The following is a press release from the Public Law Project concerning a judgement made by the Court of Appeal yesterday (4th December 2013) in which the government lost its appeal against a decision that the Work Capability Assessment disadvantages those with mental health conditions.
During a four day hearing in January 2013, the Upper Tribunal heard evidence from the 2 disabled claimants, from mental health charities, Mind, Rethink Mental Illness and the National Autistic Society, as well as from the Government about the operation of the Work Capability Assessment , and the experience of people with mental health problems going through the process. In May 2013, having weighed the evidence, the tribunal concluded that the process substantially disadvantaged those with mental health problems . This was for two main reasons: first because the application process and the face to face interview can be particularly distressing and confusing for those with mental health problems; and second because of the great difficulty that many with mental health problems have in explaining their condition, which increases the risk that the benefit will be wrongly refused.
To remedy this disadvantage, the claimants, supported by the mental health charities and by the Equality and Human Rights Commission, argued that where ESA applicants have mental health problems, the DWP should consider obtaining medical evidence from the claimant’s doctor or psychiatric team at every stage of the process, and if a decision was taken by Atos or the DWP not to ask for medical evidence, this would have to be justified at each stage. This approach followed a recommendation made in November 2012 by Professor Malcolm Harrington, an independent reviewer of the process appointed by the Government.
The Government refused to implement this adjustment because it argued that the system did not discriminate against people with mental health problems. As stated above, the tribunal disagreed. It ruled that the adjustment to the process recommended by Professor Harrington might be a reasonable response to the “substantial disadvantage” it had found, and urged the Government to carry out a trial to see if obtaining further medical evidence earlier in the process would make the process better for people with mental health problems. Once the new process was trialled, the tribunal asked the Government to return to court for a hearing about whether – in light of the trial – the adjustment was reasonably necessary.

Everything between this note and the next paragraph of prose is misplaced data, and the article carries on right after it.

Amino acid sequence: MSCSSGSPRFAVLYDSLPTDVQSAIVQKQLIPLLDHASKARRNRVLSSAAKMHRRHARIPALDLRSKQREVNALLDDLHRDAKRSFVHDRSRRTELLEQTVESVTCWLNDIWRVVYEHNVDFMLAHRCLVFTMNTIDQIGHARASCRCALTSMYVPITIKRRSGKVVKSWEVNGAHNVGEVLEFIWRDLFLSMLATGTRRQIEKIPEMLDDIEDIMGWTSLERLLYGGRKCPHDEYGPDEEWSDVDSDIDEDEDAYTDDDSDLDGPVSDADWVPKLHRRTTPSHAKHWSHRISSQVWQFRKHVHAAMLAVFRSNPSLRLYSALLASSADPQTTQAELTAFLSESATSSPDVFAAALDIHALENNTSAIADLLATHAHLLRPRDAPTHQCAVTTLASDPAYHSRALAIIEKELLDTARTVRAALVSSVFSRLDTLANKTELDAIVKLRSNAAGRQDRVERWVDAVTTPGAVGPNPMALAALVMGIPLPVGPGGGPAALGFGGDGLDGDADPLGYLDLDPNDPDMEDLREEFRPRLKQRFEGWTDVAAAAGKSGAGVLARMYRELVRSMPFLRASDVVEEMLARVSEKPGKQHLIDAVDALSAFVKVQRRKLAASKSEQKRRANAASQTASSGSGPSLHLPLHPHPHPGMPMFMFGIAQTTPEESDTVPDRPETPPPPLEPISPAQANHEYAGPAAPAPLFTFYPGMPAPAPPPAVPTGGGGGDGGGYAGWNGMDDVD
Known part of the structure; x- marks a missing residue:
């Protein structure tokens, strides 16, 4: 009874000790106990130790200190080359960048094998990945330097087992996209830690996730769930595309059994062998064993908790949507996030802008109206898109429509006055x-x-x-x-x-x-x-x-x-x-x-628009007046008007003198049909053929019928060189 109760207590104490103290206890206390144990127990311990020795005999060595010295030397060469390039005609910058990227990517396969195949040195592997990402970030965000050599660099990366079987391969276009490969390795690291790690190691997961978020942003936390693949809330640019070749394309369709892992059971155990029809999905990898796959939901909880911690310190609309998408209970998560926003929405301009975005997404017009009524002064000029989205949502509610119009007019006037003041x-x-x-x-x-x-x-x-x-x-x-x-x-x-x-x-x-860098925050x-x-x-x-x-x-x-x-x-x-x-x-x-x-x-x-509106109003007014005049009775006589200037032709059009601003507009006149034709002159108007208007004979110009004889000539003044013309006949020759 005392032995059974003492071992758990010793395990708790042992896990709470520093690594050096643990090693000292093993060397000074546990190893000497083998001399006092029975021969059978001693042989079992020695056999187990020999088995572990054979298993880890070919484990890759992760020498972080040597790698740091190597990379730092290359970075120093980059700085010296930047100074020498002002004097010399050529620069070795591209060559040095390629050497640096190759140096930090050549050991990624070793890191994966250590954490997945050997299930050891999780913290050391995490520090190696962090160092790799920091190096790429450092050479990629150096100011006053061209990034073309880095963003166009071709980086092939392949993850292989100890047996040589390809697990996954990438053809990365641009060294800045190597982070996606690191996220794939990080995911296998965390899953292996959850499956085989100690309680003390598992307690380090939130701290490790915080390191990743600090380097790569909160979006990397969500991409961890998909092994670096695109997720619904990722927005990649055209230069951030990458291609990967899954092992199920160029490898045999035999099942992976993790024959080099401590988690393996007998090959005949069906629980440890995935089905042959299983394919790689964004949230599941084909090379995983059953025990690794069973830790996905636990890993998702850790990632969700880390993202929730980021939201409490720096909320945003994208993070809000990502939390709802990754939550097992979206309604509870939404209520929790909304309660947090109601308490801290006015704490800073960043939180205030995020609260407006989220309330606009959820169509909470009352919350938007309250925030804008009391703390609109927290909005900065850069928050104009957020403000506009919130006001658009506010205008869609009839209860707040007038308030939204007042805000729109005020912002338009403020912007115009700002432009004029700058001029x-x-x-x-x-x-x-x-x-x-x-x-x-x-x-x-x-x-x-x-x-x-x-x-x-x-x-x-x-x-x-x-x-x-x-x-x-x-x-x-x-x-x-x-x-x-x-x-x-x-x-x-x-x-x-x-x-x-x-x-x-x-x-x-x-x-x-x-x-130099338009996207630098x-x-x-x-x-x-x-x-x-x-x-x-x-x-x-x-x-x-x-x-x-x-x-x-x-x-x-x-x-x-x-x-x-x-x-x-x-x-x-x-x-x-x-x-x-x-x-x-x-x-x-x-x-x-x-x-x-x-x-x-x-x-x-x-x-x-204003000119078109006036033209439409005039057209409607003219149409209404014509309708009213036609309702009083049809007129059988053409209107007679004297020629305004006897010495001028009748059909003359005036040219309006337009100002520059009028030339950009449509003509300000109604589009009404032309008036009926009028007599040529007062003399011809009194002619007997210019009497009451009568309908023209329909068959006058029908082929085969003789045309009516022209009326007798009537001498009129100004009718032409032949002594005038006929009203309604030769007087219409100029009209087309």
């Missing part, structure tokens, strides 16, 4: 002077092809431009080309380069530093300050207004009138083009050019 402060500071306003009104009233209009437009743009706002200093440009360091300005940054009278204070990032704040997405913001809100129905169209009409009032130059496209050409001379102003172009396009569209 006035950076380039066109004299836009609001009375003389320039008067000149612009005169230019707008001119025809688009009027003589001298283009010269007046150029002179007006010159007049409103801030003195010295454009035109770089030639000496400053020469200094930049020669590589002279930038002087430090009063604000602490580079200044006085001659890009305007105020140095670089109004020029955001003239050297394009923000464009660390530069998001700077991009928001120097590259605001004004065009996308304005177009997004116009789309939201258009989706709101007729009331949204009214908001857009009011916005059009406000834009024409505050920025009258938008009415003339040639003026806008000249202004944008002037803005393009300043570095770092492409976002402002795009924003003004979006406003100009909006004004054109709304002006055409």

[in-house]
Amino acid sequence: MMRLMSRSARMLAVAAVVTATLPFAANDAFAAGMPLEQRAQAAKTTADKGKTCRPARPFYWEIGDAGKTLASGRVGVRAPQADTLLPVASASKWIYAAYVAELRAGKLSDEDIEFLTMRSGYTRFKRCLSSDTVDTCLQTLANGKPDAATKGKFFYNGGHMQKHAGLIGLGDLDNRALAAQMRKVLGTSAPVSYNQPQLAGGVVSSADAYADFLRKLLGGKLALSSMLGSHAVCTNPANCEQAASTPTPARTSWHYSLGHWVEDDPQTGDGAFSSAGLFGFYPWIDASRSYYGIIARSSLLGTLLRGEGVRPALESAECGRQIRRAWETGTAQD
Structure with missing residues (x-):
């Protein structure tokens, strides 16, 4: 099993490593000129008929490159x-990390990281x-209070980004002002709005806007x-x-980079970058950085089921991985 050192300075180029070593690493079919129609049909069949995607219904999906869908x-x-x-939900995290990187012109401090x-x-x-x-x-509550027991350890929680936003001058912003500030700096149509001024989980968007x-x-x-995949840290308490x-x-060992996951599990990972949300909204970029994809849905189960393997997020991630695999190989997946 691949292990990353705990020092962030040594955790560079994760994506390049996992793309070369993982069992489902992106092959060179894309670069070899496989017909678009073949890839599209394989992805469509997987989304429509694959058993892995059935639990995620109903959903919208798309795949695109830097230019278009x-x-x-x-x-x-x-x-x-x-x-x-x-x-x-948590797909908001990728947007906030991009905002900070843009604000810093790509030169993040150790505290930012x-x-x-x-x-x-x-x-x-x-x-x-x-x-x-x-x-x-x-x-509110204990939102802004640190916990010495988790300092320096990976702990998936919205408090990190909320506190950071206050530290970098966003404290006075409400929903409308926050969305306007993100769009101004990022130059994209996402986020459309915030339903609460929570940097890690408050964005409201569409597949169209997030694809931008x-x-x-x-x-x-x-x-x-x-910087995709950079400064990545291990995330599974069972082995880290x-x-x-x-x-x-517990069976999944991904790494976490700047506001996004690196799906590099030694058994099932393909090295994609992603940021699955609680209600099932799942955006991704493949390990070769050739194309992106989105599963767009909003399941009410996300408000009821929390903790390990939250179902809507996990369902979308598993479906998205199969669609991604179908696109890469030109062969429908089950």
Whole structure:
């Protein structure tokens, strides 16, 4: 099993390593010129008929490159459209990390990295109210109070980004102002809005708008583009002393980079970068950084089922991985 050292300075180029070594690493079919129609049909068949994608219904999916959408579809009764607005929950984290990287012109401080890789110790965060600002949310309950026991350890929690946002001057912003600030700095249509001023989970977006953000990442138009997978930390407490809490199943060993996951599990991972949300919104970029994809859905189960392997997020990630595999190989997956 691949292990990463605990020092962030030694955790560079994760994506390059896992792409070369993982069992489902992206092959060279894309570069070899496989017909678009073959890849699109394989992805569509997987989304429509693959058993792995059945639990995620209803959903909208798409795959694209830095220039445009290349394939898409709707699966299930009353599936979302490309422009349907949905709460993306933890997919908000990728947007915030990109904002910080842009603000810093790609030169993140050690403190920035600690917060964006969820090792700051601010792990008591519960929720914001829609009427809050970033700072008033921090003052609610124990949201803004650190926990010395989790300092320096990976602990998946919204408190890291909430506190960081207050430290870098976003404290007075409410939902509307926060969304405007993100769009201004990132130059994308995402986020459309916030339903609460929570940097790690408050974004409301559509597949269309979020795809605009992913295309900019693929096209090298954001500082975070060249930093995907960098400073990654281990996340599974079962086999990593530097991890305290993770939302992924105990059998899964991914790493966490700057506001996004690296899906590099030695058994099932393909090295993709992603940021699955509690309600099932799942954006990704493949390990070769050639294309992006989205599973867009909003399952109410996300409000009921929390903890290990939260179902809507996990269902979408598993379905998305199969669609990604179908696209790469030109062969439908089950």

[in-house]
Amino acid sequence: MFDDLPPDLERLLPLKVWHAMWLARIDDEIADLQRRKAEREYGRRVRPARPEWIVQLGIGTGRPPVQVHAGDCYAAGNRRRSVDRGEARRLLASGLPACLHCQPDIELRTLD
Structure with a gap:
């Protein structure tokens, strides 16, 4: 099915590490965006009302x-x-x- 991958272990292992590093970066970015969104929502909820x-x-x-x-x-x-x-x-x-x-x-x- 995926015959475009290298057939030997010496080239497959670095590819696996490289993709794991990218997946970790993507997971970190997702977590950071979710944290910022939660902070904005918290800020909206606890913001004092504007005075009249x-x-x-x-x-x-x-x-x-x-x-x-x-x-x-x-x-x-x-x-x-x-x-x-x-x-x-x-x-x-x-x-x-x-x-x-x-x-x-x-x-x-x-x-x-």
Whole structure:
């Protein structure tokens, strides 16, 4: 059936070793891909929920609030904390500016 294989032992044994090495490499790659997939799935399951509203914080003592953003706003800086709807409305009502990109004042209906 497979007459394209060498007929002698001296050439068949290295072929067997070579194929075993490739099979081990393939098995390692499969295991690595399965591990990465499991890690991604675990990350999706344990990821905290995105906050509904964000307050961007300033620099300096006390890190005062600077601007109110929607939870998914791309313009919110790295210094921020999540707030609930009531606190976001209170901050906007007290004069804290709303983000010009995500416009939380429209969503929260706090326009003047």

Instead of accepting the tribunal’s findings, and conducting an urgent trial, the Government appealed to the Court of Appeal against the tribunal’s finding of “substantial disadvantage”. It also argued that the two claimants did not have the right to bring the case because they themselves had not been adversely affected. Today the Court of Appeal rejected the Government’s arguments on both these points. In giving the main judgment of the court, Lord Justice Elias stated that:
“the Tribunal identified various ways in which [Further Medical Evidence] would assist [people] with a range of mental disabilities, and in my judgment there was sufficient evidence to justify the conclusion that [mental health patients] were placed, as a group, at more than a trivial disadvantage”.
The claimants’ solicitor, Ravi Low-Beer of the Public Law Project, stated:
“It is regrettable that the Government chose to appeal against the tribunal’s finding that people with mental health problems are disadvantaged by the current system, rather than take the steps necessary to improve it. Now that the Court of Appeal has upheld the tribunal’s finding, we sincerely hope that the Government will take immediate steps to improve the system. Disabled people, charities and many others are only asking the Government to implement the recommendation of the independent expert the Government itself appointed. This has been delayed since May 2013 while the Government appealed. It should not be delayed further.”